Tax officials perplexed by Google (Photo: CoolCaesar)
If 2013 was the year public opinion turned solidly against the tax avoidance strategies of large technology companies, 2014 promises to be the year lawmakers actually address the schemes.
In late December, Italy became the first European government to pass legislation aimed at curbing the funneling of corporate earnings to tax havens. The so-called Google Tax will require Italian companies to purchase Internet ads from locally registered companies instead of from enterprises based in shelters such as Ireland, Luxembourg and Bermuda.
Google, like many virtual businesses, sells nearly all its European advertising from an Irish unit, leaving little taxable earnings in the countries where its customers are actually based. The unit, in turn, pays royalties to a second Irish subsidiary domiciled in Bermuda. Google last year moved nearly $12 billion—the bulk of its worldwide income—to the outfit on the small island nation. The move shaved more than $2 billion off the company’s global tax bill. For the search-engine giant and its shareholders, that’s found money.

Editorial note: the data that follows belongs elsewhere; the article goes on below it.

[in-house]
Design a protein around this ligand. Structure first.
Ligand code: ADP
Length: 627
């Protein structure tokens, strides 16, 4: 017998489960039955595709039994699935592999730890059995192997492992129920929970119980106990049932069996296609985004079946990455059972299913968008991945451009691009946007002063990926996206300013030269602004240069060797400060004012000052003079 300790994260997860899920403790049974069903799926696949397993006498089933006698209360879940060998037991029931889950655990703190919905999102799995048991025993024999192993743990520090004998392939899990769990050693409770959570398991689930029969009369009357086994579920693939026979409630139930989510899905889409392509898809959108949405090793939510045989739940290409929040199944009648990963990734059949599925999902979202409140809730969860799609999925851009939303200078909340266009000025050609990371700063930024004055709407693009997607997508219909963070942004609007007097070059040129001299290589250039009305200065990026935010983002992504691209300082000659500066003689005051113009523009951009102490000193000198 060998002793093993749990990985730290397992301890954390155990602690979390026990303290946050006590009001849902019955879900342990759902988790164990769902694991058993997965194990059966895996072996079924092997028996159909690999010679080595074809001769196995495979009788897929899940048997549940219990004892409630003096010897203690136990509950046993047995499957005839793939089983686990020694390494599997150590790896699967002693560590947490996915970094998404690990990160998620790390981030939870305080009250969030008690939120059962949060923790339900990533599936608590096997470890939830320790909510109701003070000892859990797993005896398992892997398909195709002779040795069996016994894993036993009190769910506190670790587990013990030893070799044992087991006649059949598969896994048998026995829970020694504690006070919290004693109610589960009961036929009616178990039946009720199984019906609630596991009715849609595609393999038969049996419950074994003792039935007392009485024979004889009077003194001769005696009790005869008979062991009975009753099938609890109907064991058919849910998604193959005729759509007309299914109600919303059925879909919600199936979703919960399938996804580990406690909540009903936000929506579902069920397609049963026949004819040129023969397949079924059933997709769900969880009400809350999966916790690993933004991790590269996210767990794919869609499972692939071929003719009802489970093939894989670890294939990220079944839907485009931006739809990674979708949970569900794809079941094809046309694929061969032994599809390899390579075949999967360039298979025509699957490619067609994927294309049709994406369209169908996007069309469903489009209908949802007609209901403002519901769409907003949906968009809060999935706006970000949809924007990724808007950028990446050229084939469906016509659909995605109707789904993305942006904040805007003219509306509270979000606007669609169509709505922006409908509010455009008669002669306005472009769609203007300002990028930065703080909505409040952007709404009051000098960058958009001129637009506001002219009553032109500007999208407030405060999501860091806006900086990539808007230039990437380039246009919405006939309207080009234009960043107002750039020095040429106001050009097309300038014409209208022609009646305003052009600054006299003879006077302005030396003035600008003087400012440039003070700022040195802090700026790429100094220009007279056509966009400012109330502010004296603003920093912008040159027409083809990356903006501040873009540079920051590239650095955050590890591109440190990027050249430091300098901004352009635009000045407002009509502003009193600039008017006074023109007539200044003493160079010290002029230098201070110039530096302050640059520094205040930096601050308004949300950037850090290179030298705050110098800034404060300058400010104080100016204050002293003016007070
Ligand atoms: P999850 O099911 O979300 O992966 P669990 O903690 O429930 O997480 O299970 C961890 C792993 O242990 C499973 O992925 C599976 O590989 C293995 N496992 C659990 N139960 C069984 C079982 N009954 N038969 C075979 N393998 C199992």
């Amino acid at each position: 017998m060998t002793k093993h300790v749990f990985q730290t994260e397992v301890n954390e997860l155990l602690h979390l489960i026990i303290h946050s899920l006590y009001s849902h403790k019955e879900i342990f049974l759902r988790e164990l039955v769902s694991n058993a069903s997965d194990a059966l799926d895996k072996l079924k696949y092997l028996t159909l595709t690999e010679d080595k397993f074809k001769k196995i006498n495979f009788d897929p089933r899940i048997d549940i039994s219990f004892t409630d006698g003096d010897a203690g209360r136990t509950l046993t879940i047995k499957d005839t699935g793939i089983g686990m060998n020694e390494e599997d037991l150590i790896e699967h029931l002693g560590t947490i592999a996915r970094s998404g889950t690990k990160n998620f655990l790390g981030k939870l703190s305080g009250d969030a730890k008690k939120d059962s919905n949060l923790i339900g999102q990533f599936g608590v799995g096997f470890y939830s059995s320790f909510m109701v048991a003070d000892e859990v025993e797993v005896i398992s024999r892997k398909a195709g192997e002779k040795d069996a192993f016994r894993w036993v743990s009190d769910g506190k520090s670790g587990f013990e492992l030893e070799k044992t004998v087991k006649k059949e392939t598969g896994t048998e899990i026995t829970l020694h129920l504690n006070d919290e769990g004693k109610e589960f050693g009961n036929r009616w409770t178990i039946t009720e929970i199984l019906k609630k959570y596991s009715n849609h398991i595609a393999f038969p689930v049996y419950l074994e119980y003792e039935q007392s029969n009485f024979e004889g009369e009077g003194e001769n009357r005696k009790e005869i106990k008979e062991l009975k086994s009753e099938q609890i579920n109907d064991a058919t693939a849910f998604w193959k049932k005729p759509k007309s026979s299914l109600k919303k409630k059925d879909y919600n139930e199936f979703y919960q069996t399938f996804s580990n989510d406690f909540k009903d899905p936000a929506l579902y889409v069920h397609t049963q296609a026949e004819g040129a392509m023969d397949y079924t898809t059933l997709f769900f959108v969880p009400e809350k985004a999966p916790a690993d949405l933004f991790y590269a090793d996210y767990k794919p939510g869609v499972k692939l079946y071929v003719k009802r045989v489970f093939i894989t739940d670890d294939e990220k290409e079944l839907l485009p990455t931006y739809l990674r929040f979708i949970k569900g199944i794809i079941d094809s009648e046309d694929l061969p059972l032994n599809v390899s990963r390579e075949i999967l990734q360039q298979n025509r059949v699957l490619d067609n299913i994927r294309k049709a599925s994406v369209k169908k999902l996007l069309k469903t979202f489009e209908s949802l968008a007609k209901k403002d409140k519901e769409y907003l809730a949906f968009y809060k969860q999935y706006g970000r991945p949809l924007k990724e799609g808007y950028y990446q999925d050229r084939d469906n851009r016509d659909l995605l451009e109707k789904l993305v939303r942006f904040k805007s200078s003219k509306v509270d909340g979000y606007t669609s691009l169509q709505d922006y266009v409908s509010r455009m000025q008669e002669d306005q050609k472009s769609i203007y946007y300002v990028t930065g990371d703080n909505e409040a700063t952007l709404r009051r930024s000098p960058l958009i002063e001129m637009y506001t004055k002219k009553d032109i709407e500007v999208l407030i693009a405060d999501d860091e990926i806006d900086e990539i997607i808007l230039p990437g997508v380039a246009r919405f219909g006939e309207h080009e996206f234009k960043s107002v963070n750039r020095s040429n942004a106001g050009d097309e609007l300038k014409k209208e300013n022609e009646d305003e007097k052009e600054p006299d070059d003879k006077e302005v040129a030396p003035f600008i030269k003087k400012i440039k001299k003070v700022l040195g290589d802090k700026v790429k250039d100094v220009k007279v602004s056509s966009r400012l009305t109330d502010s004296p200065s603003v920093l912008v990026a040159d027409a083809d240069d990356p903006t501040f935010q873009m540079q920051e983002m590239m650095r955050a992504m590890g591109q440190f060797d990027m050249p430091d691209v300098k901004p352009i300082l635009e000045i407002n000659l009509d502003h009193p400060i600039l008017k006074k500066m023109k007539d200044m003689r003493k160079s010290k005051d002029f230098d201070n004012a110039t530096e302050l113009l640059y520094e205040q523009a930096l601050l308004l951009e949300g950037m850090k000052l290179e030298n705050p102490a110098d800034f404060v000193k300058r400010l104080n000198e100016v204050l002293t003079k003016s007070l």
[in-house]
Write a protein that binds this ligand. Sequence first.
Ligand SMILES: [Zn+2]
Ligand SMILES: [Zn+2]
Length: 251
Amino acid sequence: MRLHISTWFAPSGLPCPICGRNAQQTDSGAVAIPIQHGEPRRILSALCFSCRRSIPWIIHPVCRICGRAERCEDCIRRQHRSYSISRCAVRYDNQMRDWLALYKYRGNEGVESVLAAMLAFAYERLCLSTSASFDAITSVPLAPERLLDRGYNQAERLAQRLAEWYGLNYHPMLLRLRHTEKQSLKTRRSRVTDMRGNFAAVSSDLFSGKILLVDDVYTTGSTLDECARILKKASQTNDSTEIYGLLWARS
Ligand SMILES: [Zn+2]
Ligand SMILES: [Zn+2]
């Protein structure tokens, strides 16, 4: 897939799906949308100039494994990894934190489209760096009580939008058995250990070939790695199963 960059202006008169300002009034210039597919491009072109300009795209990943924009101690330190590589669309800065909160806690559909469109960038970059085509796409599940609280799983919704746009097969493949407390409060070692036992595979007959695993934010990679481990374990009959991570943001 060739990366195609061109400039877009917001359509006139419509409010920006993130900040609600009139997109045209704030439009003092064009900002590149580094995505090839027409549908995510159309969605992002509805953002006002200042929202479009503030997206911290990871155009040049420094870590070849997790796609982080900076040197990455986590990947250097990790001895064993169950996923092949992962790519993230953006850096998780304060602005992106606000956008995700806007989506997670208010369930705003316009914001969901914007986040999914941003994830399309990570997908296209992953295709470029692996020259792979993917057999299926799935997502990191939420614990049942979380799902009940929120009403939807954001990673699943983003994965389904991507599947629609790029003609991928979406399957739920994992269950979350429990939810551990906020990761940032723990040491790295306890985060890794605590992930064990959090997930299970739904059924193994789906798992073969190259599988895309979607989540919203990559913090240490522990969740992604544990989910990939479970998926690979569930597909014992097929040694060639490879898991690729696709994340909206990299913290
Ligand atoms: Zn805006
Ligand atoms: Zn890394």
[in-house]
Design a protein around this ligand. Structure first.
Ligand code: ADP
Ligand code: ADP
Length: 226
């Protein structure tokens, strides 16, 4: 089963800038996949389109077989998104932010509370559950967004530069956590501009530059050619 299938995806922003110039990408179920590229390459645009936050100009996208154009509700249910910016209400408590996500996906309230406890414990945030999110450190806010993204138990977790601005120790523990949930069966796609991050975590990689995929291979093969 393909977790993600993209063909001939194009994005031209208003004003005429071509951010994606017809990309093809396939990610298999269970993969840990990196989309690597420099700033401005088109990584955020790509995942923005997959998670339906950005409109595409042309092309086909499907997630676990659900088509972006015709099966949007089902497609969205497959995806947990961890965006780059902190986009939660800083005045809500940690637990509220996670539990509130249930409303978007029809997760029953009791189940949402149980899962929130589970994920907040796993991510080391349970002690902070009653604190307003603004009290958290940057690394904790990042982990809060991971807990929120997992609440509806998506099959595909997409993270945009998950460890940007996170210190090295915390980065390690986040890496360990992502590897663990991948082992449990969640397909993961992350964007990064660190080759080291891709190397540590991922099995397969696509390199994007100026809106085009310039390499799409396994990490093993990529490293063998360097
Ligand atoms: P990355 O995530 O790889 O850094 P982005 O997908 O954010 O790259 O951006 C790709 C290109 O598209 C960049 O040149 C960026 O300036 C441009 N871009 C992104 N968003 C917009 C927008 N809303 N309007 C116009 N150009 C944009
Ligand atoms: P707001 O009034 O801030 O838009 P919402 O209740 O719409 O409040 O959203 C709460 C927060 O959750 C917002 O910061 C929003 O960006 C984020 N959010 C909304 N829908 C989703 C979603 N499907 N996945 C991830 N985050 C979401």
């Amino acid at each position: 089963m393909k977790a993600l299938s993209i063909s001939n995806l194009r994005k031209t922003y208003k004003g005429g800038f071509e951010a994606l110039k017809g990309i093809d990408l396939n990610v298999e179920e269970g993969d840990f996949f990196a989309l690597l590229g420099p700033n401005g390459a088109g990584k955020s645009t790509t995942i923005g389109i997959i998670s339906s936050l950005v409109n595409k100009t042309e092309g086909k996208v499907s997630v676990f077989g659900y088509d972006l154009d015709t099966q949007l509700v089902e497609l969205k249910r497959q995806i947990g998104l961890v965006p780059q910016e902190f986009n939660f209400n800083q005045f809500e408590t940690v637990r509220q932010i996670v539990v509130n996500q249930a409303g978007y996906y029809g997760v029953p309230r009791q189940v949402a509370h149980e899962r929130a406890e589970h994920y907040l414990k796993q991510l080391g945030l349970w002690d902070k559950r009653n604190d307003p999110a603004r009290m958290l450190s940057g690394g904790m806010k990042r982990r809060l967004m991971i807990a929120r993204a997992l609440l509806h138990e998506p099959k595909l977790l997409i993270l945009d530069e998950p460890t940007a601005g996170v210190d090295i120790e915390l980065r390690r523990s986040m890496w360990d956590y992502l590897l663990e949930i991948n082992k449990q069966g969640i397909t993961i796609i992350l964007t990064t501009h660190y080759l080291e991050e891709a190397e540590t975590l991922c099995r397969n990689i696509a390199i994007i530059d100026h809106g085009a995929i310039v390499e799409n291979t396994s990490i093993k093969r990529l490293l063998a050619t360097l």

Google’s so-called “Double-Irish” scheme, which is completely legal, takes full advantage of the absence of a single European law governing virtual transactions. Indeed, current tax rules on the Continent were not designed with e-commerce or multinationals in mind.
Italy’s legislation is aimed at ending the tax dodge—that is, if it ever goes into force. Experts say the country’s planned Internet tax is not only behind the curve but almost surely violates existing EU laws. And a few days after the Google Tax was passed, officials postponed the rollout for six months.
Still, Italy and France, which is preparing to extend its "culture tax" to Facebook, YouTube and other Internet giants, are throwing down the gauntlet. The EU is at it as well. Its attempt to close a tax loophole by boosting information sharing between member states, however, was thwarted in December by Austria and Luxembourg. Officials in the two countries refused to sign any deal until agreements about banking secrecy between the EU and tax havens Switzerland and Liechtenstein are worked out. Italian Minister for Economy and Finance Fabrizio Saccomanni reportedly described the stalemate as an "embarrassment" for the EU.
Likewise, the OECD’s Action Plan to tackle “stateless” income looks doomed to failure. The proposal, which identifies 15 areas that need to be addressed to end, among other things, tax avoidance, is not legally binding.
Obviously, that will vastly undercut its effectiveness.
Indeed, until tax jurisdictions around the world are bound by an agreement whereby companies are taxed on what they do and where they do it, everything else is just talk.